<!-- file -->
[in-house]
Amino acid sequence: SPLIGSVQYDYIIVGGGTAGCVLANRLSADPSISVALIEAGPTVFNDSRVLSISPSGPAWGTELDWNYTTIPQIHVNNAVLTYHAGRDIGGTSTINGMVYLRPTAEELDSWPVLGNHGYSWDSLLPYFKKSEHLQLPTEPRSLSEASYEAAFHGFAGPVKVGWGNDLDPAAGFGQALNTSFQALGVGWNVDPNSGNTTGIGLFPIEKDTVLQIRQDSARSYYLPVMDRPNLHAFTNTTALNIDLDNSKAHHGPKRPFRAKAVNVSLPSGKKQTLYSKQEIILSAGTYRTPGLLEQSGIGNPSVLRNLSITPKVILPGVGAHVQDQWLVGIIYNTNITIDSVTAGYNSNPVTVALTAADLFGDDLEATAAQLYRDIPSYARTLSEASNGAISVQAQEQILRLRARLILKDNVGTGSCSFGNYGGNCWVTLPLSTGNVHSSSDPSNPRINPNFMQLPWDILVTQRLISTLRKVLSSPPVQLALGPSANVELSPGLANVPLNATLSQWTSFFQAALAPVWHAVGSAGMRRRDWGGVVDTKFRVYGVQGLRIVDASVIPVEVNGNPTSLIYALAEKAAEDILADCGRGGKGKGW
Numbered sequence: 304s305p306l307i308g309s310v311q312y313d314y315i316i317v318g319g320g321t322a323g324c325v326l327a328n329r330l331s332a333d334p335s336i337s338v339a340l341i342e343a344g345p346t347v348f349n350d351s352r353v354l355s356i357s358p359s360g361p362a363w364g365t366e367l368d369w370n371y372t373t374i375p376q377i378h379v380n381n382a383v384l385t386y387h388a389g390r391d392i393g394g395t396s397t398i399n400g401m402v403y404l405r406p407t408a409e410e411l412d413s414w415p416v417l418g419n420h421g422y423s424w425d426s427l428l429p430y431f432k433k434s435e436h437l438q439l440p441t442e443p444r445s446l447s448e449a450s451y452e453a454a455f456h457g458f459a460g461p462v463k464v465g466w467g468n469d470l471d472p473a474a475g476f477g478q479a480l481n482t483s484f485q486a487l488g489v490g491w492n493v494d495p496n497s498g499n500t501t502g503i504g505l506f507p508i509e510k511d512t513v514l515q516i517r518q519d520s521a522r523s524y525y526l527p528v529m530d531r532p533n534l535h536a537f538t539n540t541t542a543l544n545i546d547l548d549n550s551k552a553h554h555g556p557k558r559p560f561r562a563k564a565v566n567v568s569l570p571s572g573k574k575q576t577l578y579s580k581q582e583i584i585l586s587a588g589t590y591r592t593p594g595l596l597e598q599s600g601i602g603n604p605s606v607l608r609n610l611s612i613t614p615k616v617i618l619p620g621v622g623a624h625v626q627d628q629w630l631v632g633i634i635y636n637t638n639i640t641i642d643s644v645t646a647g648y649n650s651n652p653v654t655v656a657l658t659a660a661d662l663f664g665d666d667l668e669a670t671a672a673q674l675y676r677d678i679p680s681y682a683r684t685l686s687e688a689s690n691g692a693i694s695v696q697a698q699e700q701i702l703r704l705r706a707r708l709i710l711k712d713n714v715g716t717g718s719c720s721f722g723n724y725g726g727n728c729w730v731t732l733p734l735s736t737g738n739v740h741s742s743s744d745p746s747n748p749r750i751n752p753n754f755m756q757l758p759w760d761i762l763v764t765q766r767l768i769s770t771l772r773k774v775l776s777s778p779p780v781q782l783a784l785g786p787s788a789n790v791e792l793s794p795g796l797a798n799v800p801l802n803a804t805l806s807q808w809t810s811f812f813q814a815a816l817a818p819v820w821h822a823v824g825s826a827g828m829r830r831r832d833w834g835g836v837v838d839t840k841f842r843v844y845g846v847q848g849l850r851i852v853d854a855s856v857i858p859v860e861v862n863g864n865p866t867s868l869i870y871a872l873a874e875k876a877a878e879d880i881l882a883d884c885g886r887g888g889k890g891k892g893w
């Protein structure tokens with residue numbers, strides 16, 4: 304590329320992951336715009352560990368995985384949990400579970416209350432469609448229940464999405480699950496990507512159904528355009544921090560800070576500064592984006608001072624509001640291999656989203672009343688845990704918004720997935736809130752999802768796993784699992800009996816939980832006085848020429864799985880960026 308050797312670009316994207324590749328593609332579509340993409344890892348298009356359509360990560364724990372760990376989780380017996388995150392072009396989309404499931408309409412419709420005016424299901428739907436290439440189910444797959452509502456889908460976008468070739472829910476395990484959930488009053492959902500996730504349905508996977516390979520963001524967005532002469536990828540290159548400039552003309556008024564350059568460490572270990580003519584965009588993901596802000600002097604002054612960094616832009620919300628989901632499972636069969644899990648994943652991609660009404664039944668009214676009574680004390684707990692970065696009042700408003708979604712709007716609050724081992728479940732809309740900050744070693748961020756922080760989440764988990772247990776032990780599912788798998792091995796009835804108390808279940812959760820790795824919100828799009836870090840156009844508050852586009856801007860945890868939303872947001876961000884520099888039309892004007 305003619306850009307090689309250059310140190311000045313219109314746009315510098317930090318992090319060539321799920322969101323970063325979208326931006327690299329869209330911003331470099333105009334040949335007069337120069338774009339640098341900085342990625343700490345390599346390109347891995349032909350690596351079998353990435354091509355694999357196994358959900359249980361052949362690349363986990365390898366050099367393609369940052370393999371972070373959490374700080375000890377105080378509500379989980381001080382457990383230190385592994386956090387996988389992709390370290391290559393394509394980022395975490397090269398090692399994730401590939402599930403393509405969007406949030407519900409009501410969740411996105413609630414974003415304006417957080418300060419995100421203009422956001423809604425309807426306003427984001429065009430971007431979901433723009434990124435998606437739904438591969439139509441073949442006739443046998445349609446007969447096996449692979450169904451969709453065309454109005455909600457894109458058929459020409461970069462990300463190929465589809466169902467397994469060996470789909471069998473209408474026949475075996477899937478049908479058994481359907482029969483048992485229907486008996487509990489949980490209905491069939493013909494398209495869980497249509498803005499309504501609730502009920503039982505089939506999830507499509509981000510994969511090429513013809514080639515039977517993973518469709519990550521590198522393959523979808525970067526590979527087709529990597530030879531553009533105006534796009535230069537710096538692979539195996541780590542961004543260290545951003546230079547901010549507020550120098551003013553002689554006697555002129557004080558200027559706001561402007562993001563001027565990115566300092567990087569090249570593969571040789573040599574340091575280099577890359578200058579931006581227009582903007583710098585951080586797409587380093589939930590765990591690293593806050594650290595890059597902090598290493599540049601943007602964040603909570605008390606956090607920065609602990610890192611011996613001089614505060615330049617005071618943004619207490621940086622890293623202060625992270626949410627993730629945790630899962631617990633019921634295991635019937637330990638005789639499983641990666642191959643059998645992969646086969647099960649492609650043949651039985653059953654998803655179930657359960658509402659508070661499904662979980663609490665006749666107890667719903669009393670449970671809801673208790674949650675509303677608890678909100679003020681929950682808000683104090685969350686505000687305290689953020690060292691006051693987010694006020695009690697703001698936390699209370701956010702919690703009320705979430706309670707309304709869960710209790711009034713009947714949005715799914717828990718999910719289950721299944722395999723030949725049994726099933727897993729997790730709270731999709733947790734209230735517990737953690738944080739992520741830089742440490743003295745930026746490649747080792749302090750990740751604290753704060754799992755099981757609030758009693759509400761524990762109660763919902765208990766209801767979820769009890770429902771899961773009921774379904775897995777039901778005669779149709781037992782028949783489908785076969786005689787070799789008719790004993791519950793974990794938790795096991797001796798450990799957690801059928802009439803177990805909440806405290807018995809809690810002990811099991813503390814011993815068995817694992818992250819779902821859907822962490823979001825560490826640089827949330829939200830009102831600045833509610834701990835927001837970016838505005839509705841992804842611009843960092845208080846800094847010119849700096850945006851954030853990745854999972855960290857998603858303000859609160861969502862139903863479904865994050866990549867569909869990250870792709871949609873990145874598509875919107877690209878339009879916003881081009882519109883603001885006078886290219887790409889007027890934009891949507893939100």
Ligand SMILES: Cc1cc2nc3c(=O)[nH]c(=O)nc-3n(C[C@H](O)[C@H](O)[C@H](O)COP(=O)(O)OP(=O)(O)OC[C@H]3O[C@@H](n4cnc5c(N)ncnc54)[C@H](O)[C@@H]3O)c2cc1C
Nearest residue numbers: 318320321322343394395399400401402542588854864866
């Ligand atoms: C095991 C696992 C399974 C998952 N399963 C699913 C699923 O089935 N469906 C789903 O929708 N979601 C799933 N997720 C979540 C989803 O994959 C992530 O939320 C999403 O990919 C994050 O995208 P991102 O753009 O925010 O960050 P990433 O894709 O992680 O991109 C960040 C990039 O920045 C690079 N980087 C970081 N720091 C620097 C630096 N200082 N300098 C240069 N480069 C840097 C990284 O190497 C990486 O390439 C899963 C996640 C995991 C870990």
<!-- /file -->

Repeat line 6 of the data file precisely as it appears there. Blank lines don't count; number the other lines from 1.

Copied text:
Nearest residue numbers: 318320321322343394395399400401402542588854864866